Fitzgibbon says one tip for lawyers practising this type of law to keep in mind, is not be “overly legalistic with it. There’s risk associated with these changes, but the clients that we’re dealing with are often faced with a very difficult situation where they either take a risk or harm the business, and so if you take a formalistic approach to the advice that you’re giving, you might simply be driving the client down a path that they are desperately trying to avoid.

And so clients these days are prepared to take some risk, maybe more so than they did in the past, they’re prepared to accept some of the risk, partially because they have no choice.”

Another helpful hint Fitzgibbon passes along is to “be creative in your thinking and recognize that there’s always a business issue behind the advice that we’re giving, but now the business issues are a little more pressing because they [employers] may not have any option.

They might have to take the risk associated with either terminations and being lean on severance or cutting compensation or cutting benefits because again they don’t have any option from a business perspective.

So, be a little more creative in terms of the advice and also be a little more engaged in understanding the business issues that rest behind the questions that we’re being asked.”

Meanwhile, Fitzgibbons advises employers against going it on their own.
“When you’re going through downsizing or restructuring of the nature that we’re seeing nowadays, I would say to do it without legal advice is a real significant risk,” he says.

“We are seeing it but we see it where we get called in to clean up as opposed to trying to manage the risk at the front end, and it’s always more difficult when you’re being called in after the fact than it is if you’re
involved from the very beginning.

But yes we are seeing that and again partially I would think that relates to the fact that employers are trying to do it as inexpensively as they can.”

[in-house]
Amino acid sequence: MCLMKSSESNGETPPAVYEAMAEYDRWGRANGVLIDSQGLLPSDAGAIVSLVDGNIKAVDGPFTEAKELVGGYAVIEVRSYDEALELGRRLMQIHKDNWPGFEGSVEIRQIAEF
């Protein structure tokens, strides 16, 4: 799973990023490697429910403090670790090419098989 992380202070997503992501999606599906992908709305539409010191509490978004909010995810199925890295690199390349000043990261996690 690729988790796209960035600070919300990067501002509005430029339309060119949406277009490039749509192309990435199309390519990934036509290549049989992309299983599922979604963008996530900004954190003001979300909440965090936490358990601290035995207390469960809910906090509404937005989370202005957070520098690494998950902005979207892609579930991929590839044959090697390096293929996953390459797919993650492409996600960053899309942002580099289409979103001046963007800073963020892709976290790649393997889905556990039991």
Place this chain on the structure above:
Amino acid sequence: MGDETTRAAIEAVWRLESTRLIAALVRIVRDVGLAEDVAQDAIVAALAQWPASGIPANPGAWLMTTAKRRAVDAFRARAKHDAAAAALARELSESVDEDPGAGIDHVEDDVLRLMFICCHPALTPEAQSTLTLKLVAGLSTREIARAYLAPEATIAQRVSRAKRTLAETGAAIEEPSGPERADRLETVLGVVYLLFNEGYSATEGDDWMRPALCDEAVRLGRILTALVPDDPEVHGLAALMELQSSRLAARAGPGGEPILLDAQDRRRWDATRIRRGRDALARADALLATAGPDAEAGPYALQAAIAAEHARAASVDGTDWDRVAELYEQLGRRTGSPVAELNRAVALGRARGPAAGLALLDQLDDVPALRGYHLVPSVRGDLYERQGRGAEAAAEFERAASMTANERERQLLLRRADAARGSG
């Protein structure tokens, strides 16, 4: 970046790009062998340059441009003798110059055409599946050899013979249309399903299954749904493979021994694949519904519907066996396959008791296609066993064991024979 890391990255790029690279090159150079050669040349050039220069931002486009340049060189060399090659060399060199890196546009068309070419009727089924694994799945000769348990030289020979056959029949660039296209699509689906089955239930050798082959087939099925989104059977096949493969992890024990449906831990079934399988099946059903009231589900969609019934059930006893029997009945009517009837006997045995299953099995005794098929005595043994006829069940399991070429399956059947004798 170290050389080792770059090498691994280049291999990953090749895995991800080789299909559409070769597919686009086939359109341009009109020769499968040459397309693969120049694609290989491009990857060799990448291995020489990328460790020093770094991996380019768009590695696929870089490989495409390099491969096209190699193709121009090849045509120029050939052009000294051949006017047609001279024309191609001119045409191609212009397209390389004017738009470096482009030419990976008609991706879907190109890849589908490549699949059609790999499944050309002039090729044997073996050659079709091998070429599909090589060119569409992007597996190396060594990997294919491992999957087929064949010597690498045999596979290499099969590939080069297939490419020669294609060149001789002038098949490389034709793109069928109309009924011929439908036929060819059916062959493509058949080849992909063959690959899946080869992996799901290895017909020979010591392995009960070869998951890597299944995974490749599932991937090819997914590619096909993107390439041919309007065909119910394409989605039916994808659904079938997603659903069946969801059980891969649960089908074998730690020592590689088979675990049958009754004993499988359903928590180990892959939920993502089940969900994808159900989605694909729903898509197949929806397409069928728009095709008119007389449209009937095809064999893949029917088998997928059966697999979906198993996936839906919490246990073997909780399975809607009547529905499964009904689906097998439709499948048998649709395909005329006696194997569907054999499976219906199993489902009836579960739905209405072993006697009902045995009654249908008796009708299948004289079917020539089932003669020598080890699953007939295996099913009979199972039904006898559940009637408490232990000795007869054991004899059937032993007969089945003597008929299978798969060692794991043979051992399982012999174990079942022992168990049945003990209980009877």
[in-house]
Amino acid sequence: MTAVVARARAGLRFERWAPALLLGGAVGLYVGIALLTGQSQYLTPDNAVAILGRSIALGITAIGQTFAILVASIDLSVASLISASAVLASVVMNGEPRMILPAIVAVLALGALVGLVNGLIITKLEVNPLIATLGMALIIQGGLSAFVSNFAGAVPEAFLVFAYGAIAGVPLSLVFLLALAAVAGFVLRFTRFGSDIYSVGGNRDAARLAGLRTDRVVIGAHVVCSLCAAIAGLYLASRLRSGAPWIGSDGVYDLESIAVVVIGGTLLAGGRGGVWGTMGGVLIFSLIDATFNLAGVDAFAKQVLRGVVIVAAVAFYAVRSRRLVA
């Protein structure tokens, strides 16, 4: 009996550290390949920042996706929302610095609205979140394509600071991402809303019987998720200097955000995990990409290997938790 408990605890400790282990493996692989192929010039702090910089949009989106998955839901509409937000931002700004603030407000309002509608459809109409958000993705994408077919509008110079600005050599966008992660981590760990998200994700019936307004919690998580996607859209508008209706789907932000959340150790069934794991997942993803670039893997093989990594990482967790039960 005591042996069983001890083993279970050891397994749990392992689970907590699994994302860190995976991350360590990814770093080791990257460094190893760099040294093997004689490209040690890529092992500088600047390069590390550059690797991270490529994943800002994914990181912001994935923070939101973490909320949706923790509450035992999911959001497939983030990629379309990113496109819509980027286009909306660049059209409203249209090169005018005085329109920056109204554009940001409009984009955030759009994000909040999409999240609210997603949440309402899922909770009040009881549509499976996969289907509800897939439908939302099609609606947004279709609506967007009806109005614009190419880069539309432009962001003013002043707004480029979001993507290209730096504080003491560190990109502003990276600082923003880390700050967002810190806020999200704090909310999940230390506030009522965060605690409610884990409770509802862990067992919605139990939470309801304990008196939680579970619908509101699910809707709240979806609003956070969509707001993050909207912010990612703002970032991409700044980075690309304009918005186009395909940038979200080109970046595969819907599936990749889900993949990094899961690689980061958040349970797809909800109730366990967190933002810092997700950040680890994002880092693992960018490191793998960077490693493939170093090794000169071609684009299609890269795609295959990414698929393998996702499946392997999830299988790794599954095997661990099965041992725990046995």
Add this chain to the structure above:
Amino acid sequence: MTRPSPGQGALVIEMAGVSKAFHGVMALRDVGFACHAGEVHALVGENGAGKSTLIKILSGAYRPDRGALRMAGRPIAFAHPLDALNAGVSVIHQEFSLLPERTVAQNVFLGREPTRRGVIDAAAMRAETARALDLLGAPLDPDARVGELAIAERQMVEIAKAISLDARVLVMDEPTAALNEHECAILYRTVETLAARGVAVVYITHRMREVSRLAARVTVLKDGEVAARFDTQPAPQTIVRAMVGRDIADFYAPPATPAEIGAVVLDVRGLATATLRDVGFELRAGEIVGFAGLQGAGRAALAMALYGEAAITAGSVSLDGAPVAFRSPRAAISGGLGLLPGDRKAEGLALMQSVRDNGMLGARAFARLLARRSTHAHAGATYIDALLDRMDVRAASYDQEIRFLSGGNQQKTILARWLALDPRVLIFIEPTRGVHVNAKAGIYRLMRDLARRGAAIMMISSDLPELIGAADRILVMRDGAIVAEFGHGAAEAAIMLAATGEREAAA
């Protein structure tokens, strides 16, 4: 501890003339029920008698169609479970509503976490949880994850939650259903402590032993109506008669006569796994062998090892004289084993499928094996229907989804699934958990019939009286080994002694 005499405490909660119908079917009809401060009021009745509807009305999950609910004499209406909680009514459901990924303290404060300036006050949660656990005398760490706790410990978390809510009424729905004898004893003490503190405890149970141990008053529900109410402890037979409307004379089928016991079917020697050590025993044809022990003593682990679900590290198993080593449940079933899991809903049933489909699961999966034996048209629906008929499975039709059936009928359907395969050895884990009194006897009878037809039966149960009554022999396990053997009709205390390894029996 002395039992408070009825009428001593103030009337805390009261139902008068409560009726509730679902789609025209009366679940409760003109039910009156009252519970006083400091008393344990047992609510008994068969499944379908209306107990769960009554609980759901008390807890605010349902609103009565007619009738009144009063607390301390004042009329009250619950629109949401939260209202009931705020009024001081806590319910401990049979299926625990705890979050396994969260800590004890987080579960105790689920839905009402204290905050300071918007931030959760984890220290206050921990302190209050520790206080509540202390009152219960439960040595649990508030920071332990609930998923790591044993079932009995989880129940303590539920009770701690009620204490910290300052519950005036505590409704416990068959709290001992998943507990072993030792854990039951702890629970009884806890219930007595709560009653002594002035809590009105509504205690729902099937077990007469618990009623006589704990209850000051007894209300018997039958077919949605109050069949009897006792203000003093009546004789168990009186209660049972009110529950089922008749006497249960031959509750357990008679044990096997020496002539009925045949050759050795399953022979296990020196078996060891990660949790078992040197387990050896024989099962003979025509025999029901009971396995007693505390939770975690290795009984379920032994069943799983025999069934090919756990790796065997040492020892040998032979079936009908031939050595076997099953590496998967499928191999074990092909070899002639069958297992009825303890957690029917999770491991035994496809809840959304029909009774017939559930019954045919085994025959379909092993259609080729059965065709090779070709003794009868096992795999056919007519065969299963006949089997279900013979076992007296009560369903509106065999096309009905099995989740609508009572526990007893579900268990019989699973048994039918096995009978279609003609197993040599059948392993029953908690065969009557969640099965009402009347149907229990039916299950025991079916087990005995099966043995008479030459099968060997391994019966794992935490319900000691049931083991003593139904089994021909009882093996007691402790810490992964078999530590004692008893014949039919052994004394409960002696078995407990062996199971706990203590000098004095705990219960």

Fitzgibbon says another “option that we’re starting to get questions on is job sharing or telecommuting arrangements where employees are being allowed to work from home whether it’s one or two days a week and the overhead is not as significant as it might be if you had to have an office for that person five days a week.

Again, that requires buy- in from the employee, and not only that but a commitment by the employer because it raises other management-type issues in terms of supervision.”

A lawyer comes into play in those instances by pointing out the “options and the risks associated with the different options and providing the client with alternatives.”

Fitzgibbon says he thinks the current economy is causing some to “panic” and that “forces them to look at their own organizations and ask themselves those hard questions: ‘Do we have too may employees?’ ‘Are we staffed appropriately given where we want to go?’ And, ‘Are we going to be able to weather this?’

The numbers coming out from an economic perspective aren’t good, so while I think there’s panic and I can’t say whether it’s overreaction, certainly I can say that people are looking at their organizations and they are making some very, very hard decisions. Whether it’s too much, time will tell.”

But, he says if companies work with their lawyers he thinks “there are plenty of opportunities for employers who are going to be creative to become stronger organizations through this.”